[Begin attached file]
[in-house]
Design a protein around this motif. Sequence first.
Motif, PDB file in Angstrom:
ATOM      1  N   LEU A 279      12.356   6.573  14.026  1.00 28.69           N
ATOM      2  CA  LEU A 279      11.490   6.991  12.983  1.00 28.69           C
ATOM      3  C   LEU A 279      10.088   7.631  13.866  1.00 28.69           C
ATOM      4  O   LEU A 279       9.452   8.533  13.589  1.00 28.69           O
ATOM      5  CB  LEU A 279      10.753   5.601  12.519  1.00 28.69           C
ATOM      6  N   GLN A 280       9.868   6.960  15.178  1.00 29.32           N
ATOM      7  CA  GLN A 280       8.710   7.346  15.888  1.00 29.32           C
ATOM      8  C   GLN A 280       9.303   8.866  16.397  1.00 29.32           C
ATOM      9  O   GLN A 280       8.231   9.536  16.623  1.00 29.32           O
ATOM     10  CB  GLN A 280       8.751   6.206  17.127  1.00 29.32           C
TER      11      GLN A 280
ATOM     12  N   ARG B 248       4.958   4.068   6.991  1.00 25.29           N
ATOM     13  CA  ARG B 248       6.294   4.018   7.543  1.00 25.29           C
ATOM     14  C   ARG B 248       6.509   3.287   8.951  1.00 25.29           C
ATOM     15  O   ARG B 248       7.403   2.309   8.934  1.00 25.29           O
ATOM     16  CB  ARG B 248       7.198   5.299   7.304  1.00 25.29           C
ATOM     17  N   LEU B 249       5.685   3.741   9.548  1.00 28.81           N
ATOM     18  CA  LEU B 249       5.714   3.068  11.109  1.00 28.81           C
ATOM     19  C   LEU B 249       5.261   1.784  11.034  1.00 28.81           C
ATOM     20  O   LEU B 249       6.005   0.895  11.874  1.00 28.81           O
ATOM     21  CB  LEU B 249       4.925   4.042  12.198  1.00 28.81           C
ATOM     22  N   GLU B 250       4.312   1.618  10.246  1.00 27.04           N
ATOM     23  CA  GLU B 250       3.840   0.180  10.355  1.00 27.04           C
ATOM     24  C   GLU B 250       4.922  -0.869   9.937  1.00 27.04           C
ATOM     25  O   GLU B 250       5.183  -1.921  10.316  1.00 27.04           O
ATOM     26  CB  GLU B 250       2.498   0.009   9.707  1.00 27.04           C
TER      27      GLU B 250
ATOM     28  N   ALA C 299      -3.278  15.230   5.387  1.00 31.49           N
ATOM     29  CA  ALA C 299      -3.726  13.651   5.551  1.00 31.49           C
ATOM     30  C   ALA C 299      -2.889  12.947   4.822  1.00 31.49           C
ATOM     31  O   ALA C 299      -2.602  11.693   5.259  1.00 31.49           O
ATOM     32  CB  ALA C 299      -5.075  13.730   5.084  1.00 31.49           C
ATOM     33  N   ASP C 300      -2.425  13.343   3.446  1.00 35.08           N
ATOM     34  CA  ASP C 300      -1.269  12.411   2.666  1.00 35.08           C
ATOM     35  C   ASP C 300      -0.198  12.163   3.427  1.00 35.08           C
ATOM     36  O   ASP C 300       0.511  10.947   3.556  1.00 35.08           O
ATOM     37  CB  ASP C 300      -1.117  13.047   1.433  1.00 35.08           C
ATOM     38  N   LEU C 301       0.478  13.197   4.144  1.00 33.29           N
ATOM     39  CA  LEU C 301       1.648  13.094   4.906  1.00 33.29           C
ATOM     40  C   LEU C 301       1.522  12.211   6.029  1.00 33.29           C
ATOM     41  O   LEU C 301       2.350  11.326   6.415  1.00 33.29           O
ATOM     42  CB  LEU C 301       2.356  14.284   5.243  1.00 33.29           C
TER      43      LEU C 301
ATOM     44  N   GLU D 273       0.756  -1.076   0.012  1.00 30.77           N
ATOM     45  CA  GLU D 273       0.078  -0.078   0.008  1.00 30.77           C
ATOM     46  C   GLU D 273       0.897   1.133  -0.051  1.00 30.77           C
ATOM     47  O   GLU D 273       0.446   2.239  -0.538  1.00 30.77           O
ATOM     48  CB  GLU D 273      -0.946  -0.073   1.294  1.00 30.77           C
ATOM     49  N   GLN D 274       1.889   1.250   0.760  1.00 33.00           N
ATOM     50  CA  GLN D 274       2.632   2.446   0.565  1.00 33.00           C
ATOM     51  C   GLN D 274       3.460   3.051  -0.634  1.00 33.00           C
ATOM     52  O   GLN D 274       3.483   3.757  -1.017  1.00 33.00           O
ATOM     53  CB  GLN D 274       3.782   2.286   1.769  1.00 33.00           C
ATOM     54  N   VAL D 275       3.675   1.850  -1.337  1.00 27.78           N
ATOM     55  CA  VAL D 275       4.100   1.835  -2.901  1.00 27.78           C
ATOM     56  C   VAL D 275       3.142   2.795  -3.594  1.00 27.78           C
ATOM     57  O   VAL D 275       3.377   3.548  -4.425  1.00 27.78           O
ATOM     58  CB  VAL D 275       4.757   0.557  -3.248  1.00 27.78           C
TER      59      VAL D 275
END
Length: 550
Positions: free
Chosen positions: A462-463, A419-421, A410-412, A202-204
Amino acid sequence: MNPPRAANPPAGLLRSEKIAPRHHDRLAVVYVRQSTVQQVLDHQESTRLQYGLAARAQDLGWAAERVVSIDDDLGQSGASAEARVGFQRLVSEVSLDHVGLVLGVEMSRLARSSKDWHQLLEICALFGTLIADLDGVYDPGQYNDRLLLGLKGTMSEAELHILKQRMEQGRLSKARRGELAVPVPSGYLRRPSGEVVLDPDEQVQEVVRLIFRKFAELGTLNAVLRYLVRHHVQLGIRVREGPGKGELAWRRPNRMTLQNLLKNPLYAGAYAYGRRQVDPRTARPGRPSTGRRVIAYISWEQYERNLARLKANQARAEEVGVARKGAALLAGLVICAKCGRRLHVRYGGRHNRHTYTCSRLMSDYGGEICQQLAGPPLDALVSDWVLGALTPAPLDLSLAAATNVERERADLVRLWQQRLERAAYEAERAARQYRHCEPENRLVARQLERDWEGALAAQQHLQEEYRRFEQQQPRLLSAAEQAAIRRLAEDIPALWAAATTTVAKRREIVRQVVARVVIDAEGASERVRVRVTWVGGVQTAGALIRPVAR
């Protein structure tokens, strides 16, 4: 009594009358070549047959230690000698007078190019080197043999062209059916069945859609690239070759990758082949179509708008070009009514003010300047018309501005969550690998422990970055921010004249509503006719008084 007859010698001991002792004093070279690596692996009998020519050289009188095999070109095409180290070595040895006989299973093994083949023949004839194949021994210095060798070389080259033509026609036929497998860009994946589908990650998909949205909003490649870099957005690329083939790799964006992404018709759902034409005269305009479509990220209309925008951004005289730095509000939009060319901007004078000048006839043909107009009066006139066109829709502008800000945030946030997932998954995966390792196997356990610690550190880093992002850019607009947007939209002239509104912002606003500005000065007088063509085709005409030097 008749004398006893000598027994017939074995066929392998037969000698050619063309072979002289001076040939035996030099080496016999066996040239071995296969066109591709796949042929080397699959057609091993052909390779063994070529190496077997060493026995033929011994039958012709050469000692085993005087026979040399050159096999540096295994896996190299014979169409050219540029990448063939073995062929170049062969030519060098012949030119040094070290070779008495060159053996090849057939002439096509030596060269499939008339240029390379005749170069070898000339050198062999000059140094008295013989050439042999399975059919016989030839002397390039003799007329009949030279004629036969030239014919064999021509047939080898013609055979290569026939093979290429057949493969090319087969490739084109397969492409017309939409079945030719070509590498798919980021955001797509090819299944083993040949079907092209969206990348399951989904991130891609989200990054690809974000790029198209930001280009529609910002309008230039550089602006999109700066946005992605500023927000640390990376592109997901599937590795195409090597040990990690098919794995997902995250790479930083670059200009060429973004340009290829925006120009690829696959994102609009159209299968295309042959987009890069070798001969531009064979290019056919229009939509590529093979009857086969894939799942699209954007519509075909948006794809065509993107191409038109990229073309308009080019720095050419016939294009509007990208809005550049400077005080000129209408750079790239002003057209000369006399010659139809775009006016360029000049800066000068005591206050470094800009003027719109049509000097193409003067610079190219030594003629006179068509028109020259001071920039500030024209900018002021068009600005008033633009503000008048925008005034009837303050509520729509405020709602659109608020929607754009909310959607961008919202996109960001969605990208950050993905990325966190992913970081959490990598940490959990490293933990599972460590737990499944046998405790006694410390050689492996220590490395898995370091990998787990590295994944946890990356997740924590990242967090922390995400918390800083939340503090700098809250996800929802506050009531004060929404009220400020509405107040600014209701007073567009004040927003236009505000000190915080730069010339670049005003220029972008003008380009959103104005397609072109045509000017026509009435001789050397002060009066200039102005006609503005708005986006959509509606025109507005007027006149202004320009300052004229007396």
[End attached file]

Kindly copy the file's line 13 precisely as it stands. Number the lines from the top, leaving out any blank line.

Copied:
ATOM     10  CB  GLN A 280       8.751   6.206  17.127  1.00 29.32           C